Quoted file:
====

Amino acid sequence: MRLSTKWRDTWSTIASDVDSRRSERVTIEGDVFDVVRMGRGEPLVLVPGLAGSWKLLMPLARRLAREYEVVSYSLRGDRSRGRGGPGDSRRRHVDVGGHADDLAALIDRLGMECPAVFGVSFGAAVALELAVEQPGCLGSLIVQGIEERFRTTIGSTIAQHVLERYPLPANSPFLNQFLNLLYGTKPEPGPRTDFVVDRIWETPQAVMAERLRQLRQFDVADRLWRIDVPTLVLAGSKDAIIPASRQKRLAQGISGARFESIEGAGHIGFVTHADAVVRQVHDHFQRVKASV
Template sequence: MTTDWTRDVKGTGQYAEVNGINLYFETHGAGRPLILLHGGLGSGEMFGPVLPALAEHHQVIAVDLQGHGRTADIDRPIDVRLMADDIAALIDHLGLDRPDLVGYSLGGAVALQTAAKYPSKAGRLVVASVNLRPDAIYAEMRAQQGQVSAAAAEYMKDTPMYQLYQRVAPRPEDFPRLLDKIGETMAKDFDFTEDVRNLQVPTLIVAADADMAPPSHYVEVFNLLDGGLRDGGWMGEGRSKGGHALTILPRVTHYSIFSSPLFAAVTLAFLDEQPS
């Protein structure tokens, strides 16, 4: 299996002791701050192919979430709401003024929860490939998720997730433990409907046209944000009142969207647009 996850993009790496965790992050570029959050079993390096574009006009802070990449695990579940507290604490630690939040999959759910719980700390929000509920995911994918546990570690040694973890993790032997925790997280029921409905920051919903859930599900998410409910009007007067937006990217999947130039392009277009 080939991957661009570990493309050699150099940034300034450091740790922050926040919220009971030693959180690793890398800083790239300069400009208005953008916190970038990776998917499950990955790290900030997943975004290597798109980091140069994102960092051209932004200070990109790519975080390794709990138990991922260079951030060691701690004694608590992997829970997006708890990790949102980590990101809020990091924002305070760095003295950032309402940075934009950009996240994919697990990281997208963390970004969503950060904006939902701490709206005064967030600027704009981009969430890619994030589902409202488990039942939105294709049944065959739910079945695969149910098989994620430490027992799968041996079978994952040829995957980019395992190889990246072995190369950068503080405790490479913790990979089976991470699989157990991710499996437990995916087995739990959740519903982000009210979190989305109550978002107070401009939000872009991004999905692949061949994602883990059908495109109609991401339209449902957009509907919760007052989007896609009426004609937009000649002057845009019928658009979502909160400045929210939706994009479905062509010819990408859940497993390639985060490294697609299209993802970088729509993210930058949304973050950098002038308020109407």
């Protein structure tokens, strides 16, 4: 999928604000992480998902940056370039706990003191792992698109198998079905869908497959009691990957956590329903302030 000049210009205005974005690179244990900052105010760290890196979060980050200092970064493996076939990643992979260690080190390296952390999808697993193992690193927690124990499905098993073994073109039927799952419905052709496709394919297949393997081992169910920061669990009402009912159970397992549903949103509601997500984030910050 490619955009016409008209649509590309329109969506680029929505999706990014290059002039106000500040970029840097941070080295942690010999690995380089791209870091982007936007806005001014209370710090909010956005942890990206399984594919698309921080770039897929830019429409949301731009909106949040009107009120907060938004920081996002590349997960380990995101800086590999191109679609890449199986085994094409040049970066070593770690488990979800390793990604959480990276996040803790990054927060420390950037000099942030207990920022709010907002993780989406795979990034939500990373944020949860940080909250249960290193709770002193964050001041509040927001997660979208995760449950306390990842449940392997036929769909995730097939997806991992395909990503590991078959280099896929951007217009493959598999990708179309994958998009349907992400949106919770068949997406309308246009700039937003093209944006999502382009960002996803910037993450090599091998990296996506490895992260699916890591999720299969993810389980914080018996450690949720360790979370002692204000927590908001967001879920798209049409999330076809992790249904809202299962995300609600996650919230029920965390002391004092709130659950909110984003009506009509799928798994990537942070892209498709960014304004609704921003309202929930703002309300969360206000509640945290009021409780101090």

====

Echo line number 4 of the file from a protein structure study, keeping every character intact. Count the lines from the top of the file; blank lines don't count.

């Protein structure tokens, strides 16, 4: 999928604000992480998902940056370039706990003191792992698109198998079905869908497959009691990957956590329903302030 000049210009205005974005690179244990900052105010760290890196979060980050200092970064493996076939990643992979260690080190390296952390999808697993193992690193927690124990499905098993073994073109039927799952419905052709496709394919297949393997081992169910920061669990009402009912159970397992549903949103509601997500984030910050 490619955009016409008209649509590309329109969506680029929505999706990014290059002039106000500040970029840097941070080295942690010999690995380089791209870091982007936007806005001014209370710090909010956005942890990206399984594919698309921080770039897929830019429409949301731009909106949040009107009120907060938004920081996002590349997960380990995101800086590999191109679609890449199986085994094409040049970066070593770690488990979800390793990604959480990276996040803790990054927060420390950037000099942030207990920022709010907002993780989406795979990034939500990373944020949860940080909250249960290193709770002193964050001041509040927001997660979208995760449950306390990842449940392997036929769909995730097939997806991992395909990503590991078959280099896929951007217009493959598999990708179309994958998009349907992400949106919770068949997406309308246009700039937003093209944006999502382009960002996803910037993450090599091998990296996506490895992260699916890591999720299969993810389980914080018996450690949720360790979370002692204000927590908001967001879920798209049409999330076809992790249904809202299962995300609600996650919230029920965390002391004092709130659950909110984003009506009509799928798994990537942070892209498709960014304004609704921003309202929930703002309300969360206000509640945290009021409780101090």